- A permanent marker. Finally, get a hold of a permanent marker so that you can label properly the boxes and the bundles after you’ve packed them with your valuable photos and paintings.
Do you really need picture boxes?
Before we show you the detailed steps to packing pictures and paintings for a move, let’s say a few words about the specialized moving boxes for paintings and pictures known as picture moving boxes or just picture boxes (sometimes referred to as mirror boxes as well).
Picture boxes offer a number of advantages over ordinary cardboard boxes:
- Picture boxes are made of stronger and thicker cardboard, and that fact alone will provide a better protection for your art pieces.
- Picture packing boxes are made up of four individual cardboard pieces that fit together to create an adjustable hard protection for the picture frames and the painting frames. This way, you won’t have to worry whether your framed photos and paintings will fit in the boxes or not.
As you can imagine, those boxes for moving framed pictures and paintings cost more than plain cardboard boxes. A standard Mirror & Picture Box (37’’ x 4’’ x 27‘’) costs around $5, while a larger Mirror & Picture Box (49’’ x 5’’ x 33’’) will be approximately $7. So, here’s a piece of advice that will help you save money: use specialized picture boxes ONLY for really valuable and expensive framed pictures and paintings.
Where to buy picture boxes for moving? You can order such framed art shipping boxes online, at truck rental agencies (UHAUL, for example), office supply stores and home improvement stores. Don’t worry if you don’t have any specialized artwork boxes – simply use the following steps to creating DIY cardboard picture boxes from ordinary moving boxes.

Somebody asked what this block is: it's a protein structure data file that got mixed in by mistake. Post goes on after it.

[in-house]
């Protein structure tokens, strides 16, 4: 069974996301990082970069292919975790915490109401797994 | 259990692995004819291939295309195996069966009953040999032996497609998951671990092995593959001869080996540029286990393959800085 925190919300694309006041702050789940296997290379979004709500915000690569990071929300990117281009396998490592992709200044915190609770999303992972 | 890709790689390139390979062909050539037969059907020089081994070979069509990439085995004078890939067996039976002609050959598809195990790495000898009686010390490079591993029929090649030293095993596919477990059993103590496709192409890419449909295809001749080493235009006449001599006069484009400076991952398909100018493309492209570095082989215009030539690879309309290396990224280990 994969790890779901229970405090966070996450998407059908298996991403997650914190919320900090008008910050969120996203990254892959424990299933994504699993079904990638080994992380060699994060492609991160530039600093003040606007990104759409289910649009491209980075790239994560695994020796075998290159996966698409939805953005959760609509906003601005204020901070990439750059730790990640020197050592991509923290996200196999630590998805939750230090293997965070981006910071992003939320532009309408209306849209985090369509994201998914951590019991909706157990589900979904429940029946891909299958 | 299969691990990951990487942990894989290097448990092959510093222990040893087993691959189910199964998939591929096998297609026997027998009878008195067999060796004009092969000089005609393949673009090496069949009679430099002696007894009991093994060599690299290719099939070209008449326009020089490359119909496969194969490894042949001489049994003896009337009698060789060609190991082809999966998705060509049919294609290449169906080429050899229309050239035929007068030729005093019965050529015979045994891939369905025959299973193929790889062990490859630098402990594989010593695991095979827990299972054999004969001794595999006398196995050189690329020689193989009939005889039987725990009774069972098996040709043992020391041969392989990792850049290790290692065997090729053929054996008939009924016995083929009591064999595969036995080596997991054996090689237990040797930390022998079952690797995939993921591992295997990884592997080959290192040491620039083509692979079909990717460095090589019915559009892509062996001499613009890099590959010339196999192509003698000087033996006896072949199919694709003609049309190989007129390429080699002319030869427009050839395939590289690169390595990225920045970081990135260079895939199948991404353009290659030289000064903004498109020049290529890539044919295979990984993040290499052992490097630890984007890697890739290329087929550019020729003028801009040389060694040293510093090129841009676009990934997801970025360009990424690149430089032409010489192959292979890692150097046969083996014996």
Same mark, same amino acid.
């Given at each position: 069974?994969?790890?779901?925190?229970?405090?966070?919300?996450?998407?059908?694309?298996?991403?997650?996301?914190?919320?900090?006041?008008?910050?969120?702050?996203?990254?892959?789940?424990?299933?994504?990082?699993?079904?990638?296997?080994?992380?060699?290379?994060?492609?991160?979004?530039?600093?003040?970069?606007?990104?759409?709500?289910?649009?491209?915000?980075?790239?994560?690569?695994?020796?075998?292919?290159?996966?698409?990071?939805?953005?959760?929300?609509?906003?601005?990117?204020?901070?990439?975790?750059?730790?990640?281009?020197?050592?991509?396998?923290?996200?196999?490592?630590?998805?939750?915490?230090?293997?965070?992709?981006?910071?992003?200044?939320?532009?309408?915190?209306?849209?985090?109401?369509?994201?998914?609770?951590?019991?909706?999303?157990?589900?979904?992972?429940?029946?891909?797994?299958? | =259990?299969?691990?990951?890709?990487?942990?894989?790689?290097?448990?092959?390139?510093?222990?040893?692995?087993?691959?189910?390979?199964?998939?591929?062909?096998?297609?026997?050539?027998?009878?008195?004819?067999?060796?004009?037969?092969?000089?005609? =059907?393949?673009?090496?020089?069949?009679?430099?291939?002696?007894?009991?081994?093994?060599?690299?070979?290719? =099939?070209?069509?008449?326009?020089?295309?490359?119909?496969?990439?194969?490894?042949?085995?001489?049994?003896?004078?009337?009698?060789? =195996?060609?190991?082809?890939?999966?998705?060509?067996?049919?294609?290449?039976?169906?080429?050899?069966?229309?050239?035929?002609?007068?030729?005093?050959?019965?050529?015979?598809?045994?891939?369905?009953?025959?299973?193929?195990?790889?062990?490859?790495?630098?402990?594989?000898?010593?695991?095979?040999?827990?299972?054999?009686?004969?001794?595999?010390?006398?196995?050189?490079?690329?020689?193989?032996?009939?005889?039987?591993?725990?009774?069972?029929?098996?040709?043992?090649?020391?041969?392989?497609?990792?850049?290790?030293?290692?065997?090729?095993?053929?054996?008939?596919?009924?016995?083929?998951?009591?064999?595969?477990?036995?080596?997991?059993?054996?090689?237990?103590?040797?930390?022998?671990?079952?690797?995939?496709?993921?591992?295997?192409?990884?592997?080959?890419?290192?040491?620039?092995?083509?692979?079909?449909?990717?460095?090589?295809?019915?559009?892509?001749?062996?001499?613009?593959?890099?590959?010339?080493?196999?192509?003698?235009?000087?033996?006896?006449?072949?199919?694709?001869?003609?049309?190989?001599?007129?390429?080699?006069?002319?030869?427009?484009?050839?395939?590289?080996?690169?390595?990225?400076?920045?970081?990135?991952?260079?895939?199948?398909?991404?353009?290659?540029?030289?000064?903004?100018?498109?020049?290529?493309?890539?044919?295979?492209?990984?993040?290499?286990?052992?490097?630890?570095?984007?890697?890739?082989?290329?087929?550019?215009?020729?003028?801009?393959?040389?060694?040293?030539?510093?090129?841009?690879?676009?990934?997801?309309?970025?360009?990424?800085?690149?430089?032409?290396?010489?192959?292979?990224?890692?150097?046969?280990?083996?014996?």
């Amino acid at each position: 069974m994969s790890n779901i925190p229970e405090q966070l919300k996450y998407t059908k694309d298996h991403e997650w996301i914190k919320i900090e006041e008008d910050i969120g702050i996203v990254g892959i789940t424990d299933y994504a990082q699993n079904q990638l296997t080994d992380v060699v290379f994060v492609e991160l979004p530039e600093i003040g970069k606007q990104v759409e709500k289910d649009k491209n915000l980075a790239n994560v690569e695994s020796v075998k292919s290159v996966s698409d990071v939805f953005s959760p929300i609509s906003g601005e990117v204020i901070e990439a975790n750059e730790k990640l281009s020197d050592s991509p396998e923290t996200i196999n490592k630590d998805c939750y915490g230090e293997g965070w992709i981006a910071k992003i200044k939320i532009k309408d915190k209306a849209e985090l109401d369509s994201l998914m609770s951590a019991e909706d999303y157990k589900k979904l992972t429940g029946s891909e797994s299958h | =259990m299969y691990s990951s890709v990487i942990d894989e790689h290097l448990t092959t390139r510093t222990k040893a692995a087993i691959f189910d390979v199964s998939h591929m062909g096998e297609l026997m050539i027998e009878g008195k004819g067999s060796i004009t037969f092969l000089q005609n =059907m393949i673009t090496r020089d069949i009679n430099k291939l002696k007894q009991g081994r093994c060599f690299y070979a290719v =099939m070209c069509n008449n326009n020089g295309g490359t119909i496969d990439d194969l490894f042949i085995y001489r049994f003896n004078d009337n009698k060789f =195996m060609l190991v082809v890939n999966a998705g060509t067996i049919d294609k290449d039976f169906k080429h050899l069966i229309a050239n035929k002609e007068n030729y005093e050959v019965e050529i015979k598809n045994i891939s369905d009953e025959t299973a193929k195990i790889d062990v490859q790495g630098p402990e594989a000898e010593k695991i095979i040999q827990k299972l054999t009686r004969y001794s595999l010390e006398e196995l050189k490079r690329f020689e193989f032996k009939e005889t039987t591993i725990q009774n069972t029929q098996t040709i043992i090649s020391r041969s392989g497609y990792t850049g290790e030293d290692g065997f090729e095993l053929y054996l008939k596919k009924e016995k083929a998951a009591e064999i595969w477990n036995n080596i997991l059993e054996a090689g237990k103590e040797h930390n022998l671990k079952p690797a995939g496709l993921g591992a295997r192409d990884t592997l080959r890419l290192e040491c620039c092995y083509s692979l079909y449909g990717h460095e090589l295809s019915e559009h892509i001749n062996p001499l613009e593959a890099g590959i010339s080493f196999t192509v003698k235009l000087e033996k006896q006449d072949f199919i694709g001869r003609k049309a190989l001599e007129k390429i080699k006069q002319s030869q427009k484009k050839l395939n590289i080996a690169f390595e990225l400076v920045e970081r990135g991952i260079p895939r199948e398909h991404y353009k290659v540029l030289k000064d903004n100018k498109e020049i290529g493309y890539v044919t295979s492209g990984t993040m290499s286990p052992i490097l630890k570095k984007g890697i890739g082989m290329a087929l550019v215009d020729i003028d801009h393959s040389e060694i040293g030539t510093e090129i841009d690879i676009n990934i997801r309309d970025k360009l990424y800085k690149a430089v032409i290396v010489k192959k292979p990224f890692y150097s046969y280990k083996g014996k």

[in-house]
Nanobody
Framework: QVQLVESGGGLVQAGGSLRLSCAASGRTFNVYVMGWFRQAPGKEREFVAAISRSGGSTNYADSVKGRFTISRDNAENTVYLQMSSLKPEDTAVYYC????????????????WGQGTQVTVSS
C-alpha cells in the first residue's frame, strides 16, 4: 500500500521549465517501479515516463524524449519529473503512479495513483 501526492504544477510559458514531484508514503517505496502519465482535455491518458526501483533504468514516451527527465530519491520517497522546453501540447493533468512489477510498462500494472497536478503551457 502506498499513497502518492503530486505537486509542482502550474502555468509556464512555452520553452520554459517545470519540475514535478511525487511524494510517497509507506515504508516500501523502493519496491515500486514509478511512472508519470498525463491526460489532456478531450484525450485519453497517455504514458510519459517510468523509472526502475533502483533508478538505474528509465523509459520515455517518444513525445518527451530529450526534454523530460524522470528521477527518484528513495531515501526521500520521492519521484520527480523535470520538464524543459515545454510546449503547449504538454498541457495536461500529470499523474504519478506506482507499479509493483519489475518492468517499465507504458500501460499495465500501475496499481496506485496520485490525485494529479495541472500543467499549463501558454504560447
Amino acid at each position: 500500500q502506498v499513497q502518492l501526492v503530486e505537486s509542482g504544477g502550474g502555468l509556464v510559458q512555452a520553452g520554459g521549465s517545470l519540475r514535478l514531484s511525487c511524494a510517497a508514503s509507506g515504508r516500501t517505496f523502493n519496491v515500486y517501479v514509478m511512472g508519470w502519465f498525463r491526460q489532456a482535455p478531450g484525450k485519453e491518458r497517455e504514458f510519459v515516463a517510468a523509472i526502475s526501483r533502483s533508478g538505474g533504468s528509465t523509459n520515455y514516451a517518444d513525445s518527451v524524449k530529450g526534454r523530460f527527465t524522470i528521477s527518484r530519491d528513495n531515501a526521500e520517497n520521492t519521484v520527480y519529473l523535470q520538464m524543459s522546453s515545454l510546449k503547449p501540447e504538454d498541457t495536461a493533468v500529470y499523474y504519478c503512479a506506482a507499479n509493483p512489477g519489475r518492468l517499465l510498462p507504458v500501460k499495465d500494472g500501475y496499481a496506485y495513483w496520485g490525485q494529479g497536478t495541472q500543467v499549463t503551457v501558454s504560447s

How to pack pictures and paintings for a move: Step-by-step
Now that you have the necessary materials to pack your pictures and paintings, it’s time for the actual step-by-step packing process. Interestingly enough, your framed photos and paintings can be one of the first things to pack when moving house simply because you can do without your fragile framed artwork until after the move is over.
Here’s the best way to pack pictures for moving:
Step 1. Gather all pictures and paintings for packing
Go around your home and take down all photos and paintings that are hung on the walls. Be careful not to drop any framed items as you’re removing them from their spots.
Also, gather all framed pictures and smaller paintings that are on display on various nightstands, desks, tables, dressers, and other pieces of furniture around the home.
Take all of the fragile items to the room you’ve selected as your packing station.
Step 2. Set up a packing station
Designate one room as the place where you’ll complete the packing task, and then look for a large table where you’ll feel comfortable enough packing your pictures and paintings.
Clear out that table and then cover its surface with a thick (moving) blanket to be the soft protective layer you’ll need during the actual wrapping process.
Remember that picture frames can be rather fragile and may not survive the house move intact unless you add some extra protective measures.